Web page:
Sunday, July 12, 2009

A Sequence of Stimuli

The official word this week from Vice President Biden is that the Bush Recession Depression was far worse than the doomsday rhetoric of the campaign and that the economy is likely to need a new stimulus to jolt it out of all the horrific mismanagement of the Bush Dark Ages.

I scratched my head. According to the structure of our Constitution, the Legislature holds the purse strings and consequently has a bigger impact on the economy than the presidency. So, I wonder why they don't call this the Pelosi/Reid Recession as it happened after their ascension into power.

Despite the sizeable effort on the part of the partisan press to associate the economic downturn on Bush, it is possible for a neutral third party to see the recession as a result of the transition of power.

Investors, after all, look ahead and not backward.

The 2004, 2006 and 2008 elections saw a massive leap to the left. Businesses and investors matched their strategy to the new economic landscape which means lower profits, higher taxes. Workers will become huge liabilities. So it is best to dump 'em.

I guess the thing that infuriates me most about a very calculated and concerted effort to blame Bush for all the world ills is that the speeches generally stop with the re-enforcement of a partisan theme without getting into details of why Bush, the father of all failures, failed.

At most we get vague platitudes about the failure of deregulation, or the failure of the free market. Democrats seethe with wealth envy and drizzle with accusations of greed.

We interrupt this post on the evils of greed for adulation of Michael Jackson. Now back to the partisan theme of deriding businesses for greed.

These moral platitudes kind of sit in the same bucket with all of the other such platitudes made throughout history.

The political blame game does not help us uncover causes.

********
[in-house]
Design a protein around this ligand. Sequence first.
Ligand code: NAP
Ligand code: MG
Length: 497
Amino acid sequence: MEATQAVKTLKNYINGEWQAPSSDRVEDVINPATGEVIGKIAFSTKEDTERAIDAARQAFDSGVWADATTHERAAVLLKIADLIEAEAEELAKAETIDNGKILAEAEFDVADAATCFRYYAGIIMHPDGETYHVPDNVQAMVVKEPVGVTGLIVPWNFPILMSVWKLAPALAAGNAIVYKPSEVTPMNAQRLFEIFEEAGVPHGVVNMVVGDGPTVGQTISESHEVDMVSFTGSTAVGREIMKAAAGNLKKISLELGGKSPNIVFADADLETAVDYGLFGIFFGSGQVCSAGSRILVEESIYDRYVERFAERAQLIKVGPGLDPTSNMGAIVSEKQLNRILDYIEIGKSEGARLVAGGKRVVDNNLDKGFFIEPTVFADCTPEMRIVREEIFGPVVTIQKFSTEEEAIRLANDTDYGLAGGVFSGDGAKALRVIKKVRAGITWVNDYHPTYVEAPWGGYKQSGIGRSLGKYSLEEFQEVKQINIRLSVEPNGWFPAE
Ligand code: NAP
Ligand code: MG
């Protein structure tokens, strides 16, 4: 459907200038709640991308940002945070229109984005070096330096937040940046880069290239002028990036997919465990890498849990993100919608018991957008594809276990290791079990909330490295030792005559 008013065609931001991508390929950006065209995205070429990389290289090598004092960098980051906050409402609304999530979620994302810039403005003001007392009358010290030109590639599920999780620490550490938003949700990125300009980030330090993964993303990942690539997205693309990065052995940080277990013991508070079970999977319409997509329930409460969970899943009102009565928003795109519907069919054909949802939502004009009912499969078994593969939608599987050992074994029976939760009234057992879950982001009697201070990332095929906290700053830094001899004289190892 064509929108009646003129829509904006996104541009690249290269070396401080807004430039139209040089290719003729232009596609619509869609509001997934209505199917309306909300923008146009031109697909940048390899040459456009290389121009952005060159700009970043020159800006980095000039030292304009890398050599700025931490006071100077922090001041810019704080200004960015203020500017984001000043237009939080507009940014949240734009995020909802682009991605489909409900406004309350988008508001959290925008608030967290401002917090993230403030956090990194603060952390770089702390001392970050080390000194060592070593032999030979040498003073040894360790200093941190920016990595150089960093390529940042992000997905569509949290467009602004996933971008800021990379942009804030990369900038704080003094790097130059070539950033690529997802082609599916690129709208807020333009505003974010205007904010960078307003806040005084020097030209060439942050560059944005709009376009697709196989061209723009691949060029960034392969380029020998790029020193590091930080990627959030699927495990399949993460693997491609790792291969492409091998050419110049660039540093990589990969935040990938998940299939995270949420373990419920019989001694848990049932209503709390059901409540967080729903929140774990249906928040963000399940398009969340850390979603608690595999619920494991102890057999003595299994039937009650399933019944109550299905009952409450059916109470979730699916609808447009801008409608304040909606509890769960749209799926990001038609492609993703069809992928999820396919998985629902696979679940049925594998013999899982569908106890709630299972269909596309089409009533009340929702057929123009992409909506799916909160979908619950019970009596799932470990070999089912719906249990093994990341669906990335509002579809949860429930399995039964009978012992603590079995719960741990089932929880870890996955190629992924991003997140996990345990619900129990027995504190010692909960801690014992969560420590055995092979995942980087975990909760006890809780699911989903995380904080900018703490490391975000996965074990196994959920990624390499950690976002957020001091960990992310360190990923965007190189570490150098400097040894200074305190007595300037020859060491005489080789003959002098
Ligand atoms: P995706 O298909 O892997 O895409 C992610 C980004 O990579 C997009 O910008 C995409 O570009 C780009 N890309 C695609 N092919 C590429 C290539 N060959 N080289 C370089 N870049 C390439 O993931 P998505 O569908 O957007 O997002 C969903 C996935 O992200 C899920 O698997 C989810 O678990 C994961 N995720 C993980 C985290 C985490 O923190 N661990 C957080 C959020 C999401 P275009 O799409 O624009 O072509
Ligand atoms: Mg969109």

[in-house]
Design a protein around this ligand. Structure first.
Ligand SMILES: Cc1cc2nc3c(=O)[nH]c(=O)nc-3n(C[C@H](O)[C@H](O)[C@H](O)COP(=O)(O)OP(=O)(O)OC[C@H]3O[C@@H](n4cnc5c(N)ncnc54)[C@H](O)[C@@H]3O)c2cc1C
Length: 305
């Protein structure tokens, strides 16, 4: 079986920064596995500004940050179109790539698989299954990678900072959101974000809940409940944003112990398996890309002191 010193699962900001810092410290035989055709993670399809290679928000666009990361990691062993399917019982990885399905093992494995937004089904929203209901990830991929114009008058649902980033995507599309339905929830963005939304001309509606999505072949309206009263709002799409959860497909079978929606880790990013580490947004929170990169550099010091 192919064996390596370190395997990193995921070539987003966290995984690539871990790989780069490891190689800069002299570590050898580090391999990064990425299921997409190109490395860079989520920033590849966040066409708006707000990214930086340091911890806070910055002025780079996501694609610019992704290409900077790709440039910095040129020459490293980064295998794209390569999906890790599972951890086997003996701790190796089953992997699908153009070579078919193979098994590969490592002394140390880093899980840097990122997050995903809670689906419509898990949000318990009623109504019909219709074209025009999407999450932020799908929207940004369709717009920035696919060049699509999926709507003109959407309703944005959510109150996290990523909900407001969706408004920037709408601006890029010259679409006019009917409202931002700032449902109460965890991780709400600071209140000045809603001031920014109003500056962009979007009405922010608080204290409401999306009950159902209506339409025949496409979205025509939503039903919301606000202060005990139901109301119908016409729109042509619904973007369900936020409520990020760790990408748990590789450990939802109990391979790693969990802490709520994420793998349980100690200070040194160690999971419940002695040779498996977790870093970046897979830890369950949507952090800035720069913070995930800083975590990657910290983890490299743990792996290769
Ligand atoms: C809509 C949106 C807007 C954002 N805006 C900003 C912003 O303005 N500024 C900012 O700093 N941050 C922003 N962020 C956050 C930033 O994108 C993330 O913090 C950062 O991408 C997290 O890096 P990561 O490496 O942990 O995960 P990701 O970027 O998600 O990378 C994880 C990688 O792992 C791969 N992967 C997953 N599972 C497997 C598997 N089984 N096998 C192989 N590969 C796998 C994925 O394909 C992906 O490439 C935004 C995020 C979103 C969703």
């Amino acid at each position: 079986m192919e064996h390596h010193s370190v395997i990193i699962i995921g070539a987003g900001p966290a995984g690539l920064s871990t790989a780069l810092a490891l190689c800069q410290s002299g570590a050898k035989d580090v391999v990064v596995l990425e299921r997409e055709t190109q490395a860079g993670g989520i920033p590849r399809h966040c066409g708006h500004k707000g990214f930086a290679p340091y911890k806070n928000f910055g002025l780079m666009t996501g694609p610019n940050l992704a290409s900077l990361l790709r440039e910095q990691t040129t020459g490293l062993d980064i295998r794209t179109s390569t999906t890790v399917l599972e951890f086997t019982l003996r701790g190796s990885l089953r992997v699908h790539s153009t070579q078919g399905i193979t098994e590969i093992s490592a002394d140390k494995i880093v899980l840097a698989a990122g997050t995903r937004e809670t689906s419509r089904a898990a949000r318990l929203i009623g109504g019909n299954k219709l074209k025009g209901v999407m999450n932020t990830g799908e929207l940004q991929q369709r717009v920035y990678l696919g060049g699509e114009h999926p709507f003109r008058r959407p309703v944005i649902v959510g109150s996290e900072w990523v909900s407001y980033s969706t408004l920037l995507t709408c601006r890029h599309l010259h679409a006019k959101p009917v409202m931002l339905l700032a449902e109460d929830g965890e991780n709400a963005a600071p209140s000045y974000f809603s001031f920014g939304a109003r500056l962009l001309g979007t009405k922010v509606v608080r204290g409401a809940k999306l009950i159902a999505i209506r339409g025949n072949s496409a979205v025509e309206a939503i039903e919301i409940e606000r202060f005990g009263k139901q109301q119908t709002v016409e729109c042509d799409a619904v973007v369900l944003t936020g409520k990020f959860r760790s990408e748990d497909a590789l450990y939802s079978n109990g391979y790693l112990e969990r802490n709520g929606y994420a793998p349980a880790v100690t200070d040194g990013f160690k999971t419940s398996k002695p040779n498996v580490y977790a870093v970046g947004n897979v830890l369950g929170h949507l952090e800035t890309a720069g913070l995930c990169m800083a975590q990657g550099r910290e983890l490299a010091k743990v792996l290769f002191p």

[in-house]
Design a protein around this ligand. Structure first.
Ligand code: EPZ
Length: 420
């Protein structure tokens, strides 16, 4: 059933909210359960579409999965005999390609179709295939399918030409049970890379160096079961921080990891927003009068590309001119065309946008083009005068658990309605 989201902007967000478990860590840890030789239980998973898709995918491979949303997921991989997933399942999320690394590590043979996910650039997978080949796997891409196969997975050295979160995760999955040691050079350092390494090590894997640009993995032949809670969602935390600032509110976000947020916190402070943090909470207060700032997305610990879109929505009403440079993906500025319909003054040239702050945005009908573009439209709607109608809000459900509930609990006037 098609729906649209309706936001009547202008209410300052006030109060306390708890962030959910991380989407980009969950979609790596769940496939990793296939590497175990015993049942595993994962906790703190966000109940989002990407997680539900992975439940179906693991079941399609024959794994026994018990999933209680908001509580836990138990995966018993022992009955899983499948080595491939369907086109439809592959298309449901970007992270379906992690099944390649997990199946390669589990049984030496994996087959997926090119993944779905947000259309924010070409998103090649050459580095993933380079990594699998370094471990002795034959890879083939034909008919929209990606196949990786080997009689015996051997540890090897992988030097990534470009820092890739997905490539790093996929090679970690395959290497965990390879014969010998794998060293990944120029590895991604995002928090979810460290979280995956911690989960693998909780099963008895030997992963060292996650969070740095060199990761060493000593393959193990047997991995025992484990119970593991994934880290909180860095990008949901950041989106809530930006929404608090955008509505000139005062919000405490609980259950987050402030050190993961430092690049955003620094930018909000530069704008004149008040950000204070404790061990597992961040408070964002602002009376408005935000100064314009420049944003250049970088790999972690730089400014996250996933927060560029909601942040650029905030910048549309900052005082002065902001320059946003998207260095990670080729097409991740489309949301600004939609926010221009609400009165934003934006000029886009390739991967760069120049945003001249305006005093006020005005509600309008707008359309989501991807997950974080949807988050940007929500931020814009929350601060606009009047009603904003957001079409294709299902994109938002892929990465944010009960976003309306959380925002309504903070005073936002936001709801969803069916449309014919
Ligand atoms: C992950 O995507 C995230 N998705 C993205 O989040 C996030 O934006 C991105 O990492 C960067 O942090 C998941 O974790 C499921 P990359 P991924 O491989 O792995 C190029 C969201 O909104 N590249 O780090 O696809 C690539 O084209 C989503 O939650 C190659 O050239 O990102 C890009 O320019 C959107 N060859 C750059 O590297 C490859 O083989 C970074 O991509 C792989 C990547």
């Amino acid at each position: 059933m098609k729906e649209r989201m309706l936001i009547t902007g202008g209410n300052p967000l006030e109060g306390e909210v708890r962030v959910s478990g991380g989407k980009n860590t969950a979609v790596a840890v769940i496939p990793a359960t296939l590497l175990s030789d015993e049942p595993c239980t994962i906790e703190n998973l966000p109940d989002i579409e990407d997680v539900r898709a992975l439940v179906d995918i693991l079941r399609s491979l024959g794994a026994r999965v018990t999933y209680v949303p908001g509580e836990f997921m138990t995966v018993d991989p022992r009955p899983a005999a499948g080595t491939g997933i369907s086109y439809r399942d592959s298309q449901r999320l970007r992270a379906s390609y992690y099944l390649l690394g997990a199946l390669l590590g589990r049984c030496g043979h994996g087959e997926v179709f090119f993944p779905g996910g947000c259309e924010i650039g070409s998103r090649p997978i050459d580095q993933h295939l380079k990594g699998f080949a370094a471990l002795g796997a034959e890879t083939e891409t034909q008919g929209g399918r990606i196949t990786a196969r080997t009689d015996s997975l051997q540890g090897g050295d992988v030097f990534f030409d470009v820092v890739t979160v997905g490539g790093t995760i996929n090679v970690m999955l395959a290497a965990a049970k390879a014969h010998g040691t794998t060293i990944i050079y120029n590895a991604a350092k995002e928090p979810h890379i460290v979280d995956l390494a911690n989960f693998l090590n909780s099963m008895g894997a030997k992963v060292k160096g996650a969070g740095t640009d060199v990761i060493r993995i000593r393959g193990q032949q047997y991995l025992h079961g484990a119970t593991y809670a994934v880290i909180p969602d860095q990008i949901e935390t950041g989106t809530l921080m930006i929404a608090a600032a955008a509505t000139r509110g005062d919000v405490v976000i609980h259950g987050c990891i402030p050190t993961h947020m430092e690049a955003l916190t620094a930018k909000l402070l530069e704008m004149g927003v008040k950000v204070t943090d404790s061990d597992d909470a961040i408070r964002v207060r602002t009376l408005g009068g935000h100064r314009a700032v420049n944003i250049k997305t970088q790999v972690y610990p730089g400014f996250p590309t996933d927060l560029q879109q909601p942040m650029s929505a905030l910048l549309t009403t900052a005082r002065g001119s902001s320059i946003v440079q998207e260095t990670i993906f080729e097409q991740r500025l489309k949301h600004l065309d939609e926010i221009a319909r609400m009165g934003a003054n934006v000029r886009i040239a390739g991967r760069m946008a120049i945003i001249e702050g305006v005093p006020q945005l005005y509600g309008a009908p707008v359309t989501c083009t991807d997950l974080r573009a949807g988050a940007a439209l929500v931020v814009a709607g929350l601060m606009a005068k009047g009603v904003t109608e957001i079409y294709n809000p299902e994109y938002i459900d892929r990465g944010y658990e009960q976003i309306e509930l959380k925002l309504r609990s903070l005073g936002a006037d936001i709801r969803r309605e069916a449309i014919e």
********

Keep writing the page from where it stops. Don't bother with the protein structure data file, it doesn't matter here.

I will outline a possible cause. The cause will even include an attack Bush to help make it palatable to the left.

Bush became the president in the midst of the dotcom bust.

Bush came up with a clever plan. He stimulated the economy with a tax cut.

The tax cut did not have a corresponding spending cut. That meant it was financed with deficit spending.

The wars were also stimuluses to the economy.

The same problem happens with spending based stimulus. When the government borrows and spends, then they must tax that money back at a later date. Failure to do so creates a recessive economic force. The out of control earmarks during the Bush Dark Ages were pretty justified as regional stimuli.

It is entirely possible that our primary economic problem is that government keeps trying to inject artificial stimuli into an economy that has become desensitized to economic stimulus but has developed a serious reaction to debt.

If this is the case, then doing another stimulus package is likely to do more harm to the economy than good.

But, Biden might be right. We are a poorly educated country and people might be fooled into responding possitively to another stimulus if the adminstration continues to frame economic issues as the fault of Bush.

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